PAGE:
One example is a game dealing with the failed McCain-Kennedy immigration bill of 2005. This game, playable online, offered a fictional competition between immigration agents. It conveyed details about this complex piece of legislation and made critical points about the nature of immigration politics.

Bogost's most recent book, Newsgames: Journalism at Play, written with students Simon Ferrari and Bobby Schweizer, examines the potential role of video games in journalism. His current research also includes a project sponsored by the Knight Foundation that examines the developing relationship between journalism and gaming.

"News is changing, and the media are going to have different roles to play," he said. "I don't believe for a minute that reading will go away, but I think there will be new roles for tools such as video games."

Bogost is working on a book that focuses on the diverse uses of digital gaming.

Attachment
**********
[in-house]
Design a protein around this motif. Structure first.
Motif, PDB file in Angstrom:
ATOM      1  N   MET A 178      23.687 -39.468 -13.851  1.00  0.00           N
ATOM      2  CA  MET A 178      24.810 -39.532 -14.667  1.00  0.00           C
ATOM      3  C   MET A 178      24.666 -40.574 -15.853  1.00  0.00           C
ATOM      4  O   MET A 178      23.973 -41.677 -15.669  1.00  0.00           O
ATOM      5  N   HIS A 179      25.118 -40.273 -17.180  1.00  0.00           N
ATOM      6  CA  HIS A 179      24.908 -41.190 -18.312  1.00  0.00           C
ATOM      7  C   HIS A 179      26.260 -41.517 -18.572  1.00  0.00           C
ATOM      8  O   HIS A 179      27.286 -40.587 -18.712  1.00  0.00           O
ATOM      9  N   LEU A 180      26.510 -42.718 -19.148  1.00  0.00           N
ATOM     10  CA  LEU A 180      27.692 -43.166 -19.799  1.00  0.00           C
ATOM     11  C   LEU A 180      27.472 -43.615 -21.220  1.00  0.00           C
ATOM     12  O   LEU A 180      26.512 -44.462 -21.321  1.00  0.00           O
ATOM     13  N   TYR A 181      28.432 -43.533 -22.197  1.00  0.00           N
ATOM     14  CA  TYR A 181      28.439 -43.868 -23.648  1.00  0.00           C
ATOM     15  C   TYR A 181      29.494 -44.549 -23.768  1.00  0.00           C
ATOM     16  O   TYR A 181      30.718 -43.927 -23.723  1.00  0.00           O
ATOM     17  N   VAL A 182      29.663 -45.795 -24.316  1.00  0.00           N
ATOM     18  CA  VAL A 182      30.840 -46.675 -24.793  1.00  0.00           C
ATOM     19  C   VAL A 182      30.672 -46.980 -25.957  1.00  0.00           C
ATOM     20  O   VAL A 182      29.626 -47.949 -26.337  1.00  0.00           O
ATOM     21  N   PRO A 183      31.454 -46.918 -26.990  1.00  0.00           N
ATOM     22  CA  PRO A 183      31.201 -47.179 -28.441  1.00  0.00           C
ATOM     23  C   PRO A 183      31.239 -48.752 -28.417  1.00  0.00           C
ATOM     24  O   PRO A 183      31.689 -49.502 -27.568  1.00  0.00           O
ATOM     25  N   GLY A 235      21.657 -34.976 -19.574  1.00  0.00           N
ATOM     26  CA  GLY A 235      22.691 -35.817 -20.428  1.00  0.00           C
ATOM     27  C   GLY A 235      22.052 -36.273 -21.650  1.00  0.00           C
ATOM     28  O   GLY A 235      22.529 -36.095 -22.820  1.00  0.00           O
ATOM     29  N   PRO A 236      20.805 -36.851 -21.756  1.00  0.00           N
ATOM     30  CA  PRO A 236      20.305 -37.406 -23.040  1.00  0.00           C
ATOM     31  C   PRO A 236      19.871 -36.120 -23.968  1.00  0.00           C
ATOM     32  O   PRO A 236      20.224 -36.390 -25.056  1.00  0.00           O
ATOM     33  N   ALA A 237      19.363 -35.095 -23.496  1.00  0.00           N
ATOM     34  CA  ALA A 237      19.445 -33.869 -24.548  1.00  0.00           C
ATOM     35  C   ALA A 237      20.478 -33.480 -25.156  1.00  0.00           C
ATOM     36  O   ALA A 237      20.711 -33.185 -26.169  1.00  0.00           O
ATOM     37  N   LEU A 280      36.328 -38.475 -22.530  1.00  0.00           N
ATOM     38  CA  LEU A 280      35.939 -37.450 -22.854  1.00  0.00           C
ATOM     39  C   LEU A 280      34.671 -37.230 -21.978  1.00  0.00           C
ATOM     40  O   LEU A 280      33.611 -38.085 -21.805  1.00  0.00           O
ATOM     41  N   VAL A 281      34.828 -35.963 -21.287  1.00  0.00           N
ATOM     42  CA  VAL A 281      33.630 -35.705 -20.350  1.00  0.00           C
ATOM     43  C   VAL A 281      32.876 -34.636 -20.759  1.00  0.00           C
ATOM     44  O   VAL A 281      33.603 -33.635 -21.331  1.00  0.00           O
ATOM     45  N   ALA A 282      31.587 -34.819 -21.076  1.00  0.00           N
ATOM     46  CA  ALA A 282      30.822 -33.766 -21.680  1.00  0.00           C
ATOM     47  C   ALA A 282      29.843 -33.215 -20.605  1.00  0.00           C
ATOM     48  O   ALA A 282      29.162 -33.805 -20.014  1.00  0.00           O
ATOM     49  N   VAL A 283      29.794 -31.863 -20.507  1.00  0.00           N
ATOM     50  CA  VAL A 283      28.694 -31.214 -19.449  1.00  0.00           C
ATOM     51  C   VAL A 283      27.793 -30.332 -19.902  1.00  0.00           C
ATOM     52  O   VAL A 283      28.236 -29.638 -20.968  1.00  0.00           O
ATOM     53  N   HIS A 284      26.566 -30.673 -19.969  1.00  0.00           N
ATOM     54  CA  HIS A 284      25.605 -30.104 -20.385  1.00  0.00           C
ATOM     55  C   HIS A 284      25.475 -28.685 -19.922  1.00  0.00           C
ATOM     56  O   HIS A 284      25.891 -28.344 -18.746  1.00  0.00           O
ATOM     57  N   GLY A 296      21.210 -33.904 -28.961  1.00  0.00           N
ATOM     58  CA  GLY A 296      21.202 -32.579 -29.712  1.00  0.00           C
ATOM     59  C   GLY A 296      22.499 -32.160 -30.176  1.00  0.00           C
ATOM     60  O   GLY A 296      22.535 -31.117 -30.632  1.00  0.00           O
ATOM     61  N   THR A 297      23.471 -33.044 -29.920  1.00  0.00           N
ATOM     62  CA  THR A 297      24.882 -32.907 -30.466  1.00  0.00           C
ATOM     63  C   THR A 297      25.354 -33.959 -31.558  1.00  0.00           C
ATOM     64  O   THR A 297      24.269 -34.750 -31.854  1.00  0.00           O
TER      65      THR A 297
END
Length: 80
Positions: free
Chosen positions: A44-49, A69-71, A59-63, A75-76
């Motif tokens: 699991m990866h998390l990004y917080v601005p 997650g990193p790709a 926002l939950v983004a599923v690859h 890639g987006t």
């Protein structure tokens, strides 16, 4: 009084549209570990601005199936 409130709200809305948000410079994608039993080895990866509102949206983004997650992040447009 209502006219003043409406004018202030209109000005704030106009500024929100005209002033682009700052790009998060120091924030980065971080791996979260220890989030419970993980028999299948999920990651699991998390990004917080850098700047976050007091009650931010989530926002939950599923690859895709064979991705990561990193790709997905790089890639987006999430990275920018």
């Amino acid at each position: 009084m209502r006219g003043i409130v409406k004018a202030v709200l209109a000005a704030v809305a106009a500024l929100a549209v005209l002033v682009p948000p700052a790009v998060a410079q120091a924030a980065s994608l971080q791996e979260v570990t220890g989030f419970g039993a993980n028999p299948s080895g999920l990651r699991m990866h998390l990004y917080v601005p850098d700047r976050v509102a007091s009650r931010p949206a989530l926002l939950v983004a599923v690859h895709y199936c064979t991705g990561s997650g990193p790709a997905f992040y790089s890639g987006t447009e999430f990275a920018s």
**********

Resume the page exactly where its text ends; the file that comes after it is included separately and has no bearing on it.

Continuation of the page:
"Today, video gaming is a hot medium, though it's been around for 30 years already," he said. "It could turn out to be more or less a child's toy or a fad, or it could achieve the mainstream acceptance and influence of television and movies. What we're going to do with gaming is an open question."

Merging Game Worlds with the Real World

Serious games don't have to be solemn. Some researchers are investigating the potential for online games to be constructive and social and also appealing to a broad range of people.